FT Adviser | Industry needs to think differently about how it can serve women better 1024 577 Moxie Future

FT Adviser | Industry needs to think differently about how it can serve women better

By Jessica Robinson

Women are economic powerhouses. They create, they control and they influence a huge amount of wealth. Yet, women are the single largest underserved group of customers in financial services.

Research suggests that financial institutions are failing to connect with female customers at every stage of their journey – from advertising to advice to product offerings.

Women often report having a difficult relationship with money and the financial industry as a whole – disengaged from personal finance, less confident about managing money, and feeling patronised or talked down to by financial advisers.

At its most obvious, the financial industry is missing out on a huge revenue opportunity, particularly as women’s private wealth grows.

It is also worth bearing in mind that attracting and building lasting relationships with female clients is a worthwhile investment for financial institutions. Women are twice as likely as men to recommend their bank to someone else, and typically hold more savings, mortgages and general insurance products.

But there is more to this – our push for achieving gender equality requires that we also push for the financial empowerment of women. The calls for financial feminism are growing louder. To address the demands of this movement, it is timely to consider what can we do to make the financial services industry more female-friendly?

Encourage more women to work in the financial services industry

We have a fundamental problem – there are simply not enough women working in the industry.

A McKinsey study compares the rates at which men and women climb the ladder in banking and consumer finance.

The financial industry is missing out on a huge revenue opportunity, particularly as women’s private wealth grows.

While 51 per cent of entry-level banking and consumer finance employees are women, only 26 per cent of the industry’s C-Suite roles are occupied by women.

Portfolio management is particularly devoid of women, for example, Morningstar found that in the United States, the ratio of male to female fund managers is 9 to 1.

A better gender balance is critical because diversity of thought, experience and action are core components of what the financial services industry needs to be fit for the future. Let’s face it – any efforts to rebuild trust, design new products, rethink investment practices are undermined without more women in the industry.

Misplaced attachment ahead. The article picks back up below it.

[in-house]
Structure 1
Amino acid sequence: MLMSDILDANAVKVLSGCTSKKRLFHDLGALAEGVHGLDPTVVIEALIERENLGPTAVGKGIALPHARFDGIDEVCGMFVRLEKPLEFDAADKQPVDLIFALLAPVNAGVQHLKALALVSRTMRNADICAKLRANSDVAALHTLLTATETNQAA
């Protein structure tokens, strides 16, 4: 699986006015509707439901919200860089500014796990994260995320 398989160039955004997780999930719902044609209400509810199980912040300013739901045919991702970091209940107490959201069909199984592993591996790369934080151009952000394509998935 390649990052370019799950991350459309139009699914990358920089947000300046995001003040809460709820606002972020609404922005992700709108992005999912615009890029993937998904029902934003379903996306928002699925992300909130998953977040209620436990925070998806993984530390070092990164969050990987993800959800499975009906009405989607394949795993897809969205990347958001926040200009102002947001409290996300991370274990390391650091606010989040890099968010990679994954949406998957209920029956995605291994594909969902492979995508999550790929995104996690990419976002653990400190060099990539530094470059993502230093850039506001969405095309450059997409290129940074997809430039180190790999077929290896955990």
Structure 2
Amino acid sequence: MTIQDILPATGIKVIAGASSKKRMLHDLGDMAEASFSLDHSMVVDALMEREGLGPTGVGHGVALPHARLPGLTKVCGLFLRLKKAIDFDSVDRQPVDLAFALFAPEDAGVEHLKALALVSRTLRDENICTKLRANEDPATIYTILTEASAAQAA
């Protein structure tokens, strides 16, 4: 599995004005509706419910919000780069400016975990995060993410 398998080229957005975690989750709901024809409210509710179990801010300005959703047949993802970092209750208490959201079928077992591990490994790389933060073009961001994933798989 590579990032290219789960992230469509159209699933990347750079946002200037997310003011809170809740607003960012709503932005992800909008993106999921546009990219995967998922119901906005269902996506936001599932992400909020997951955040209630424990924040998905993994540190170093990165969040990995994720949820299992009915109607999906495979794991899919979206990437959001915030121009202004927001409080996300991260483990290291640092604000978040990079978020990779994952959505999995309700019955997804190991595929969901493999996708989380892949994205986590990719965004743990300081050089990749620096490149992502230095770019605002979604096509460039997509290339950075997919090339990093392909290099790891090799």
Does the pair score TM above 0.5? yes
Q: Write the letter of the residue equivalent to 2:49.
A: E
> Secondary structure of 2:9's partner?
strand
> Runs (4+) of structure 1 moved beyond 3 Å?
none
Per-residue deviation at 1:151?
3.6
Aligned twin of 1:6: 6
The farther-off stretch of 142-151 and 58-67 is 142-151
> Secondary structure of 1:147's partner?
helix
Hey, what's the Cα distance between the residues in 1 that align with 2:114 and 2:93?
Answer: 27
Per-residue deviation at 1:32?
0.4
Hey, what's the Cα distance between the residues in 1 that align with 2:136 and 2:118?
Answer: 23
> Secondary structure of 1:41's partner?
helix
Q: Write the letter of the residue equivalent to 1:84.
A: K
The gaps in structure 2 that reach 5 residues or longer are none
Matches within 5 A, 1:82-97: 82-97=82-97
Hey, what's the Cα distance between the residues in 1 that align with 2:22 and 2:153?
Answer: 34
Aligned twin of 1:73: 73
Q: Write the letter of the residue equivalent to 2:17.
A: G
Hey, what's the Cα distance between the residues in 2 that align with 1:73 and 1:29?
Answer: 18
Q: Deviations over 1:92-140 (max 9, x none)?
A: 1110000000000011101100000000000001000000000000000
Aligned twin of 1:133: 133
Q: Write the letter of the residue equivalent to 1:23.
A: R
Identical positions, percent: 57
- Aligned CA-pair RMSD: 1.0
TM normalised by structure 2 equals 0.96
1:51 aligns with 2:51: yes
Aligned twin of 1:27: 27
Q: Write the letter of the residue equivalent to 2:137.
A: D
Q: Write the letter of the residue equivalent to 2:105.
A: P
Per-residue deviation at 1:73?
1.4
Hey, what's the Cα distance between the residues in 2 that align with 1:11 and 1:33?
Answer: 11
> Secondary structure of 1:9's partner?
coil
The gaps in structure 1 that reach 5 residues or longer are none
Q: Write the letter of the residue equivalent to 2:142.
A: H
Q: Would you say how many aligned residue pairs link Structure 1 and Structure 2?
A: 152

Change the way we communicate with women on money matters

Many women hold the self-perception that ‘investing is not for them’. This is no surprise when you look at the way that both the industry and mainstream media communicate with women about money.

Research indicates that we often portray women as excessive spenders, in need of guidance to help them save and restrict.

The comparison with how we communicate with me is stark – men are encouraged to ‘dare to invest’ and defined by the glories of financial success. We can do better.

Leverage tech to democratise the way that we invest

Importantly, the digital divide is more generational than gender-specific – with younger people highlighting the importance of good mobile apps to manage their personal finances and investing habits. Both women and men older than 55 find these to be less important.

This gives us an opportunity to develop gender-neutral tech that is not modelled on the needs and preferences of men as a default.  It presents the opportunity to bring younger women into investing at an earlier stage of their lives.

Think more deeply about women’s financial needs – ‘pink washing’ will not cut it

Simply rebranding products for a female audience will not achieve the change we are looking for.

The financial services industry also needs to think more deeply about the kind of products and services that women want.

Research indicates that we often portray women as excessive spenders, in need of guidance to help them save and restrict.

We have overwhelming evidence that women care about the bigger picture, they care about where their money is invested.

Increasingly women are seeking out sustainable investing products and services to include in their personal portfolios.

Yes, women need to invest more in order to address the gender investing gap. However, the industry also needs to wake up to what women are wanting and that is to invest more consciously.

Sustainable and responsible investing is a huge opportunity for financial institutions to attract new female clients and build better relationships with existing ones. Women stand at the forefront of aligning investment decisions with personal values – and the financial institutions that act on this opportunity sooner rather than later will be the ones to secure loyalty from their female clients.

Jessica Robinson is a the author of Financial Feminism: A Woman’s Guide to Investing for a Sustainable Future


ORIGINALLY PUBLISHED ON FT ADVISER AND REPRODUCED WITH PERMISSION.

  • Fast Company | Gender diversity is essential for meaningful decisions at COP27 1024 576 Moxie Future

Privacy Preferences

When you visit our website, it may store information through your browser from specific services, usually in the form of cookies. Here you can change your Privacy preferences. It is worth noting that blocking some types of cookies may impact your experience on our website and the services we are able to offer.

For performance and security reasons we use Cloudflare
required

Google Analytics tracking code disabled/enabled

video embeds (e.g. YouTube) disabled/enabled

View our Website Privacy Policy

Our website uses cookies, mainly from 3rd party services. Define your Privacy Preferences and agree to our use of cookies.